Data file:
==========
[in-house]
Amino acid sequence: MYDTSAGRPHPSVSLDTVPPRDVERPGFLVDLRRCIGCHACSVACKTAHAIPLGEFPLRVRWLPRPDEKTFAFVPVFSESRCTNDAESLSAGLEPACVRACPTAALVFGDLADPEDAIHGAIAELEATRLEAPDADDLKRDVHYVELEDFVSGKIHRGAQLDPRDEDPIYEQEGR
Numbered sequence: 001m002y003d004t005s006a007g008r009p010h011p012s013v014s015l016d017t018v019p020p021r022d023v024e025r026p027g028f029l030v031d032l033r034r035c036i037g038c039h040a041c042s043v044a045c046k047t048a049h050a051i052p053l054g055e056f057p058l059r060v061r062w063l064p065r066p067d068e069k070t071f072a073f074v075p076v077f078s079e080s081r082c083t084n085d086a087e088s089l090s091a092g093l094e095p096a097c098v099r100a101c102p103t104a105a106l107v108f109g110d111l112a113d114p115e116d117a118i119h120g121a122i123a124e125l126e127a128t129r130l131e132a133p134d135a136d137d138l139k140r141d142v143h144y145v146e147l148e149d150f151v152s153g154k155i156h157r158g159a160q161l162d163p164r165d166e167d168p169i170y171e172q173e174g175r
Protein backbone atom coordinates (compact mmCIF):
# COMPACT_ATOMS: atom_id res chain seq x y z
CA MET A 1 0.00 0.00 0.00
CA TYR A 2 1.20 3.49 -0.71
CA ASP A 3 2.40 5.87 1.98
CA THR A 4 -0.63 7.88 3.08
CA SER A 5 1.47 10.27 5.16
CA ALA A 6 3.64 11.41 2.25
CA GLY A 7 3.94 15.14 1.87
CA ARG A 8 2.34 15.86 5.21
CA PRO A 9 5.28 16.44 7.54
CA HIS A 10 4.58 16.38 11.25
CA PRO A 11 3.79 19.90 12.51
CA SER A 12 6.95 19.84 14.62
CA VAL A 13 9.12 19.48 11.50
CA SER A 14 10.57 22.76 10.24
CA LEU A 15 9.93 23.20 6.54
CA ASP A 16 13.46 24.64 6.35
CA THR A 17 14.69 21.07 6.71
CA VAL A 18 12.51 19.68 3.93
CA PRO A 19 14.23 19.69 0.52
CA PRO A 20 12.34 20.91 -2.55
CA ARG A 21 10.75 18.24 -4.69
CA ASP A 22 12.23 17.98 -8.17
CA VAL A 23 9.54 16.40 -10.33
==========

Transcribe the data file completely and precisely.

[in-house]
Amino acid sequence: MYDTSAGRPHPSVSLDTVPPRDVERPGFLVDLRRCIGCHACSVACKTAHAIPLGEFPLRVRWLPRPDEKTFAFVPVFSESRCTNDAESLSAGLEPACVRACPTAALVFGDLADPEDAIHGAIAELEATRLEAPDADDLKRDVHYVELEDFVSGKIHRGAQLDPRDEDPIYEQEGR
Numbered sequence: 001m002y003d004t005s006a007g008r009p010h011p012s013v014s015l016d017t018v019p020p021r022d023v024e025r026p027g028f029l030v031d032l033r034r035c036i037g038c039h040a041c042s043v044a045c046k047t048a049h050a051i052p053l054g055e056f057p058l059r060v061r062w063l064p065r066p067d068e069k070t071f072a073f074v075p076v077f078s079e080s081r082c083t084n085d086a087e088s089l090s091a092g093l094e095p096a097c098v099r100a101c102p103t104a105a106l107v108f109g110d111l112a113d114p115e116d117a118i119h120g121a122i123a124e125l126e127a128t129r130l131e132a133p134d135a136d137d138l139k140r141d142v143h144y145v146e147l148e149d150f151v152s153g154k155i156h157r158g159a160q161l162d163p164r165d166e167d168p169i170y171e172q173e174g175r
Protein backbone atom coordinates (compact mmCIF):
# COMPACT_ATOMS: atom_id res chain seq x y z
CA MET A 1 0.00 0.00 0.00
CA TYR A 2 1.20 3.49 -0.71
CA ASP A 3 2.40 5.87 1.98
CA THR A 4 -0.63 7.88 3.08
CA SER A 5 1.47 10.27 5.16
CA ALA A 6 3.64 11.41 2.25
CA GLY A 7 3.94 15.14 1.87
CA ARG A 8 2.34 15.86 5.21
CA PRO A 9 5.28 16.44 7.54
CA HIS A 10 4.58 16.38 11.25
CA PRO A 11 3.79 19.90 12.51
CA SER A 12 6.95 19.84 14.62
CA VAL A 13 9.12 19.48 11.50
CA SER A 14 10.57 22.76 10.24
CA LEU A 15 9.93 23.20 6.54
CA ASP A 16 13.46 24.64 6.35
CA THR A 17 14.69 21.07 6.71
CA VAL A 18 12.51 19.68 3.93
CA PRO A 19 14.23 19.69 0.52
CA PRO A 20 12.34 20.91 -2.55
CA ARG A 21 10.75 18.24 -4.69
CA ASP A 22 12.23 17.98 -8.17
CA VAL A 23 9.54 16.40 -10.33